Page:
PDF compression tools

Introduction

You'd be forgiven for thinking that the lack of a Mac OS X-native version of Adobe Distiller is a serious drawback for PDF creation. Not true. By using PDF as a standard within OS X, and supporting it through the Quartz rendering system and the continued development of Jaguar, Apple has made it possible for almost any application to create a PDF easily. Some applications, such as Adobe InDesign, offer an export option with control over all the usual parameters including image compression, font embedding and subsetting, and colour space. Others make use of the Save as PDF option in Mac OS X's print dialog. Either way, creating a PDF has never been easier. So why do we need tools to enhance, repurpose and reduce the size of PDFs? Try the following simple experiment: create a Word file with four RGB photos from a digital camera and half a dozen lines of text. Use Save as PDF from the print dialog, and then check the size of the resulting file. It's likely to be huge - certainly in the tens of megabytes. This is because Save as PDF uses Flate/ZIP compression - a lossless variety - and no optimization. The resulting file is not a lot of use for a Web site. Enter the set of tools on review here. Easy option
Often all you need to do is crunch a PDF down for Web viewing or on-screen reading. PDFshrink Lite will handle this. Its user interface is drag-&-drop, and only three size reduction preferences are offered: five levels of JPEG quality, the downsampling of images to 72dpi, and removal of the Base 14 fonts. Black-&-white images are always output at 200dpi using CCITT Group 4 lossless compression. Our 32MB Word-generated PDF came down to between 76K and 216K. PdfCompress is a similar animal. It offers 11 levels of JPEG quality, optional downsampling to 72dpi, and the removal of the Base 14 fonts. Black-&-white images are handled the same way as in PDFshrink Lite. The one difference is its Allow JPEG recompression feature, although reJPEGing a file seriously reduces the quality. Again, the same Word-generated PDF reduced to between 92K and 336K. However, removing fonts from certain files led to font corruption in Acrobat. The full version of PDFshrink goes a lot further by allowing the use of configurations in a similar way to Distiller presets. Four are pre-created: eBook, Press, Print and Screen. The dialog box for image downsampling is also reminiscent of Distiller with individual settings for colour, greyscale and mono images. The method of downsampling can be selected from average, bicubic and subsample with a dedicated resolution and threshold. Compression types are JPEG or Flate with a quality setting for colour or greyscale, and Flate, Packbits and CCITT Group 3 and 4 lossless compression types for mono. There are also a number of optimization options. Recompressing data using Flate tends to provide a small saving while the removal of duplicate objects makes up for a shortcoming in OS X's Save as PDF facility. This alone can result in a serious file size reduction. Extraneous data such as Adobe Photoshop and Illustrator-specific information, metadata and verbose tagging can be removed, as can PDF thumbnails. A series of hot folders can be set up to handle a PDF workflow scenario too. Shrink-wrapped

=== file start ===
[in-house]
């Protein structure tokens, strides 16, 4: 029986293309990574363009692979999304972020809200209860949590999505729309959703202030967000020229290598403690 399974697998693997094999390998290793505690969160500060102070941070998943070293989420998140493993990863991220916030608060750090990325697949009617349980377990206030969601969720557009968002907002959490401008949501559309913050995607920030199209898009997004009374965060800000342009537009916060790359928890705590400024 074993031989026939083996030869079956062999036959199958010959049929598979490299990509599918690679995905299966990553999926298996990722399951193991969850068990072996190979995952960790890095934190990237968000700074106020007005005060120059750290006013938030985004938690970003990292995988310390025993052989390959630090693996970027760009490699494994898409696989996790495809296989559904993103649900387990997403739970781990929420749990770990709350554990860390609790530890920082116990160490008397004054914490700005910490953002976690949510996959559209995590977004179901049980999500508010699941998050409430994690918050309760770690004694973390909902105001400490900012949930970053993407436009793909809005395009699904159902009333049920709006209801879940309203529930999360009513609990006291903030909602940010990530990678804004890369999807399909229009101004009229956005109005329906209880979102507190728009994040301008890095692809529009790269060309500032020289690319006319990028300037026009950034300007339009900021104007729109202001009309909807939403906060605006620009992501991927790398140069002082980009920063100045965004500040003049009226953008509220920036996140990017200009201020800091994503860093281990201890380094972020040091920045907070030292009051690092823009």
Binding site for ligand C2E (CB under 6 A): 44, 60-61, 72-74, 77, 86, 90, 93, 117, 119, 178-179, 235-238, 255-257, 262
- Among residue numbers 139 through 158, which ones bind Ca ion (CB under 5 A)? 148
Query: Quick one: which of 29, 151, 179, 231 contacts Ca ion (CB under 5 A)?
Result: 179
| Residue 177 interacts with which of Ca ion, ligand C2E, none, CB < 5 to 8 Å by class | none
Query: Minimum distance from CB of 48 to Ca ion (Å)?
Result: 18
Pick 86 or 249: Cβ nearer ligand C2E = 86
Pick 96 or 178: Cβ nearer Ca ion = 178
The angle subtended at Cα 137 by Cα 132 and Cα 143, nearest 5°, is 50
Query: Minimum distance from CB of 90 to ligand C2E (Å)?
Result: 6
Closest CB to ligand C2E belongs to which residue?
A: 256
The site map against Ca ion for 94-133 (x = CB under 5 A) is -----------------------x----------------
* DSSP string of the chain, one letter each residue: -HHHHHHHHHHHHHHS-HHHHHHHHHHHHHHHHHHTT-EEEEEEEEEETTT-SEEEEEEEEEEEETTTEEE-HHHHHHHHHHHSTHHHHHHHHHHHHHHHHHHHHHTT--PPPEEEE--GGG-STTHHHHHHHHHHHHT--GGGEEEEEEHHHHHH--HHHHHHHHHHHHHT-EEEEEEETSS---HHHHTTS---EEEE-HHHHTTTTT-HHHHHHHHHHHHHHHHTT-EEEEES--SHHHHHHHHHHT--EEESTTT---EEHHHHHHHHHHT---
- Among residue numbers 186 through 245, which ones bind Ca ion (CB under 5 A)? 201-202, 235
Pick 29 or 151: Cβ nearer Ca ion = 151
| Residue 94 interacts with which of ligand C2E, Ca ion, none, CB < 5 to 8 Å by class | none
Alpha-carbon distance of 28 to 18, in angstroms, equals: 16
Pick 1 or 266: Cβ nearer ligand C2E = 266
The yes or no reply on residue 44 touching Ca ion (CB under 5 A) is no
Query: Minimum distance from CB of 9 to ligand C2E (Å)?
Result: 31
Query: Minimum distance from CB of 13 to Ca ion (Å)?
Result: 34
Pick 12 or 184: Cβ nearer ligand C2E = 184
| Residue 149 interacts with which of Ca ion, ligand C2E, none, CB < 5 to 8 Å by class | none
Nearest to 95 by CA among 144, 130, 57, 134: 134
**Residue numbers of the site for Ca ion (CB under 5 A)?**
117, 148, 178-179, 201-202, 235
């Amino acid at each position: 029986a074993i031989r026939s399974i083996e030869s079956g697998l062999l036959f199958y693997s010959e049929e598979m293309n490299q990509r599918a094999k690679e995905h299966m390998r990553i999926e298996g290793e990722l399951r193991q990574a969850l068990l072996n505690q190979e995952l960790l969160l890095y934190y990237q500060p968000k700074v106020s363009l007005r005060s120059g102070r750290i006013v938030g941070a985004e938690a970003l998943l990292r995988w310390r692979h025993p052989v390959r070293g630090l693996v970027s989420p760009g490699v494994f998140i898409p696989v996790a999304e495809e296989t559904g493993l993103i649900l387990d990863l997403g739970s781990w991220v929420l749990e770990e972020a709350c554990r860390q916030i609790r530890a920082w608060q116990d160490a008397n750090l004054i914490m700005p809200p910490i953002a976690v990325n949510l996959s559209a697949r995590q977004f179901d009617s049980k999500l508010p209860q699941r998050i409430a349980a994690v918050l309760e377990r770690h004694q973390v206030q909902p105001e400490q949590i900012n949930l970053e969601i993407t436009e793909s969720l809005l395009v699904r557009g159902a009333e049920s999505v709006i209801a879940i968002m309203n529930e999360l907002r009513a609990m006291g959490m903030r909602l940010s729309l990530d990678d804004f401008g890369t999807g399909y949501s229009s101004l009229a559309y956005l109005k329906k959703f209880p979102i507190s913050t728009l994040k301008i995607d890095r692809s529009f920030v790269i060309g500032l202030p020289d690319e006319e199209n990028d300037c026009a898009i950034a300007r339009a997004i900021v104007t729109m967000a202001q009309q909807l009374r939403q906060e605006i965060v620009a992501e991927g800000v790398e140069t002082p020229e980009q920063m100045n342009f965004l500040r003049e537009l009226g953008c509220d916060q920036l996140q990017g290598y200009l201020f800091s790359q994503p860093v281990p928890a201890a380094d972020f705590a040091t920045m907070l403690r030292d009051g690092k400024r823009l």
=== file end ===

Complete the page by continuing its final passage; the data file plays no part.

As PDF Enhancer shares the same publisher as PDFshrink, it isn't surprising to find a very similar user interface but with a number of additional features. The five pre-created configurations immediately show this with two that are print-related (High Quality Printing and Office Printing), two that are screen related (Screen and Screen with Metadata), and Web. One main feature is Targeted Optimization, which calculates the most efficient way of reducing file sizes. It includes the ability to remove OPI elements, job tickets and edit data, and to clean up form fields and annotations. Even the opening characteristics of a file can be set. What it lacks is the ability to change colour space from RGB to CMYK - quite a serious failing for an ?enhancer'. PDF Enhancer Pro has a few extra features. Fast Web View, where pages can be viewed as they are being downloaded, can be enabled, security and encryption level set, PDFs merged, and the hot folder system set up for PDF workflow.
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